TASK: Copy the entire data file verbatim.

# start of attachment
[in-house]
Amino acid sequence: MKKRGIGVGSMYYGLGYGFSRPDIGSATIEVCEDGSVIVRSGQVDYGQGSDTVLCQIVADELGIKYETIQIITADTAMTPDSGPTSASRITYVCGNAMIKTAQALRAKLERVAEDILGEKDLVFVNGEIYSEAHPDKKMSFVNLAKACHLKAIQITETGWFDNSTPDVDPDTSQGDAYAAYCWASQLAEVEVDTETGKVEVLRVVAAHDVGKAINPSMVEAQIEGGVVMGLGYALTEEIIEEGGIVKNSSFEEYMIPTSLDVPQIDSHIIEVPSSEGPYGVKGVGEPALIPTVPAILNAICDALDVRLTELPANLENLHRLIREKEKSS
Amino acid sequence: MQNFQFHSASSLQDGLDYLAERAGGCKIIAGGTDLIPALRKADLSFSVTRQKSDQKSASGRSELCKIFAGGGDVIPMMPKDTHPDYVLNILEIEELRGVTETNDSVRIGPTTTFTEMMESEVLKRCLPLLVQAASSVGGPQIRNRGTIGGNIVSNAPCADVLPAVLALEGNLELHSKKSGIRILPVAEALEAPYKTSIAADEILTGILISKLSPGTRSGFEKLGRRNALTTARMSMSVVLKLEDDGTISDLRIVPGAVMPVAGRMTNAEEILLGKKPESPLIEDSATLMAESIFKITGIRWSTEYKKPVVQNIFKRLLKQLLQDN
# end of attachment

[in-house]
Amino acid sequence: MKKRGIGVGSMYYGLGYGFSRPDIGSATIEVCEDGSVIVRSGQVDYGQGSDTVLCQIVADELGIKYETIQIITADTAMTPDSGPTSASRITYVCGNAMIKTAQALRAKLERVAEDILGEKDLVFVNGEIYSEAHPDKKMSFVNLAKACHLKAIQITETGWFDNSTPDVDPDTSQGDAYAAYCWASQLAEVEVDTETGKVEVLRVVAAHDVGKAINPSMVEAQIEGGVVMGLGYALTEEIIEEGGIVKNSSFEEYMIPTSLDVPQIDSHIIEVPSSEGPYGVKGVGEPALIPTVPAILNAICDALDVRLTELPANLENLHRLIREKEKSS
Amino acid sequence: MQNFQFHSASSLQDGLDYLAERAGGCKIIAGGTDLIPALRKADLSFSVTRQKSDQKSASGRSELCKIFAGGGDVIPMMPKDTHPDYVLNILEIEELRGVTETNDSVRIGPTTTFTEMMESEVLKRCLPLLVQAASSVGGPQIRNRGTIGGNIVSNAPCADVLPAVLALEGNLELHSKKSGIRILPVAEALEAPYKTSIAADEILTGILISKLSPGTRSGFEKLGRRNALTTARMSMSVVLKLEDDGTISDLRIVPGAVMPVAGRMTNAEEILLGKKPESPLIEDSATLMAESIFKITGIRWSTEYKKPVVQNIFKRLLKQLLQDN